The proliferation of newly legal small businesses almost everywhere has led Cuban authorities to launch a widespread campaign regarding specifically which public spaces may be used to set up such businesses with an eye toward maintaining order and "good taste."

The Physical Planning Institute, or IPF, has printed thousands of brochures and posters to inform new entrepreneurs and prevent the unregulated construction of shops and stalls, counters and other things that damage the "image of the environment," government media reported Tuesday.

Many Cubans, as Communist Party daily Granma acknowledged, are not aware of the urban regulations for establishing a business, and they don't know where to get advice.

After the expansion of the private sector last year, a part of the newly self-employed began building counters, walls, benches and other things outside their homes or apartment buildings so that they could set up businesses such as coffee shops or small stores.

The phenomenon has changed the face of Havana, with some streets becoming transformed into little markets where consumers can purchase clothing, pirated CDs and DVDs, household items or objects with which to practice Santeria.

IPF president Graciel Rodriguez told Granma that any modification or expansion of outside areas for commercial ends requires authorization.

In addition, there exists a policy of "no ... large-scale use of kiosks," but rather grouping them in "concentrated" areas, he said.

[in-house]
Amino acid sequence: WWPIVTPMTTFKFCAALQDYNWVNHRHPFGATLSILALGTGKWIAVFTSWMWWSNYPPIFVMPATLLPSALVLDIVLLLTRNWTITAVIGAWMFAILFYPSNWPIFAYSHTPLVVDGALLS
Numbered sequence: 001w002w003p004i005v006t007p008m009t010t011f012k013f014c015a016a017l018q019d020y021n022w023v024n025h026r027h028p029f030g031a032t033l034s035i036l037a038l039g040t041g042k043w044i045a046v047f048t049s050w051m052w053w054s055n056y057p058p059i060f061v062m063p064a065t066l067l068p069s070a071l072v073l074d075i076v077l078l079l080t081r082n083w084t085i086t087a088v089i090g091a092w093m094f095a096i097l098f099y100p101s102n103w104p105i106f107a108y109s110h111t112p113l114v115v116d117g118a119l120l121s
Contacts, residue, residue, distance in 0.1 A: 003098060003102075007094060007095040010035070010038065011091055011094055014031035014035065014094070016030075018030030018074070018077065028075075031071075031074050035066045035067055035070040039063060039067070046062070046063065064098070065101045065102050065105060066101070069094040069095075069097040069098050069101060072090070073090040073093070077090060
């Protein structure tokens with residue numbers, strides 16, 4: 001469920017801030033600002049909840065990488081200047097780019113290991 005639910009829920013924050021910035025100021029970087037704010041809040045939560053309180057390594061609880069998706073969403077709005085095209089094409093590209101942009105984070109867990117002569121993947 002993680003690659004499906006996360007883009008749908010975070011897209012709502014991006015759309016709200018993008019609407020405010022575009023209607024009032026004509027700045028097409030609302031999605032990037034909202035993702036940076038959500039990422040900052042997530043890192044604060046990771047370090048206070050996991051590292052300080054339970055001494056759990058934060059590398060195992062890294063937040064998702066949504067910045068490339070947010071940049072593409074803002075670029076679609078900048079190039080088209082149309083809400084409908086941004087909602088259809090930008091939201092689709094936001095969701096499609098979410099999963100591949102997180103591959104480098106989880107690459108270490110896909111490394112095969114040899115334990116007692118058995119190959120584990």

Many of these areas are at urban sites where entrepreneurs pay a daily tax to occupy one of the spaces, Oscar - a Havana resident who repairs shoes and pays 20 pesos (about 80 cents) per day for his spot - told Efe on Tuesday.

Currently, Cuban authorities are also studying building bazaars in the idle spaces that exist in various cities.

In fact, there are already old business districts, like Havana's Fin de Siglo, where for years vendors have been allowed to set up their shops and which with the broadening of self-employment have decided to devote more space to that.

Through May, some 309,728 people were performing private labor in Cuba, and of those 221,839, or 71 percent, had obtained their business license since last October, when the government of Raul Castro expanded the scope of small business as part of its economic reforms.

According to government figures, the majority of the new authorizations have been for establishments engaged in the "preparation and sale of food" ranging from restaurants to small coffee shops or stands where one can buy food on the street.

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